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June, 2001, Vol. 124, No. 6
Multifactor productivity trends in manufacturing industries, 1987–96Ziaul Z. Ahmed and Patricia S. Wilder
Labor productivity, the most widely used measure of productivity, can grow as a result of increases in the quantities of capital services and intermediate inputs used in production and as a result of other factors. In order to provide an alternative picture of productivity change focusing on these other factors—such as economies of scale, changes in organizational efficiency, improvements in labor and management skill, changes in capacity utilization, and changes in technology—the Bureau of Labor Statistics recently developed multifactor productivity series for detailed manufacturing industries. These data show that between 1987 and 1996, multifactor productivity, measured as output per unit of combined inputs, rose in a majority of the 108 industries presented here. For more than 85 percent of these industries, however, multifactor productivity did not grow as much as labor productivity (defined as output per hour). The faster growth of labor productivity reflects increases in the contributions of capital and intermediate purchases over the period.1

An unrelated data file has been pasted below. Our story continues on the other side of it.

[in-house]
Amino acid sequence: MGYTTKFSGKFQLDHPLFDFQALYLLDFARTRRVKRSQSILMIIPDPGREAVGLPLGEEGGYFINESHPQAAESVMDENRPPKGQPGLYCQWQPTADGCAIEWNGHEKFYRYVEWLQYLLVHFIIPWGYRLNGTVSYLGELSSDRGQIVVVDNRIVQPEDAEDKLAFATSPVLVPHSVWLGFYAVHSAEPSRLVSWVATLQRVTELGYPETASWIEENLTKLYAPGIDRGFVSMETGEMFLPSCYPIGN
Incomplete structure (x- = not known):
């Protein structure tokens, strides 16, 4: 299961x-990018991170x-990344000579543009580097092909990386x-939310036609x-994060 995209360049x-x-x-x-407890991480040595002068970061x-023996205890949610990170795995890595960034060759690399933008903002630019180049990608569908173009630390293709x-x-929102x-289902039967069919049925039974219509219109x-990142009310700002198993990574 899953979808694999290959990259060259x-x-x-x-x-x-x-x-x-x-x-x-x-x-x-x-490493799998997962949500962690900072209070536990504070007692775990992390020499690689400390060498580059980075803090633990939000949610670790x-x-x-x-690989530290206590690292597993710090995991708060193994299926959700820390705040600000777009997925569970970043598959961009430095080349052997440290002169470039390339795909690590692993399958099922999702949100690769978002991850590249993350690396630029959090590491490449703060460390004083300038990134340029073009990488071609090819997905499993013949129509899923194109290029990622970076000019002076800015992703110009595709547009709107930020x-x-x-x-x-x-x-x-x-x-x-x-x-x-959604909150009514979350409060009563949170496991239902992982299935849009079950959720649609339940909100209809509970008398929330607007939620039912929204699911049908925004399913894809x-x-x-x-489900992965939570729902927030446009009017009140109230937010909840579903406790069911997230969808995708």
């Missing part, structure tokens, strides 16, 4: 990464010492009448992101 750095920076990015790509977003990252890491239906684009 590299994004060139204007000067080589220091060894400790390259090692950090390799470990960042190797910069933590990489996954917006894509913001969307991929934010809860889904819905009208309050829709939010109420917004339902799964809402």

More specifically, multifactor productivity relates an index of output to an index of combined inputs of labor, capital, and intermediate purchases (materials, fuels, electricity, and services). Multifactor productivity is calculated as a residual that measures the change in an industry’s output that is not due to measured changes in labor, capital, or intermediate purchases inputs.
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1 Published indexes for multifactor productivity and related series are available at http///lpc/. Series for unpublished industries are available upon request. E-mail requests for information may be sent to email@example.com. BLS is planning to extend the industry multifactor productivity series to 1999 in the latter part of 2001.
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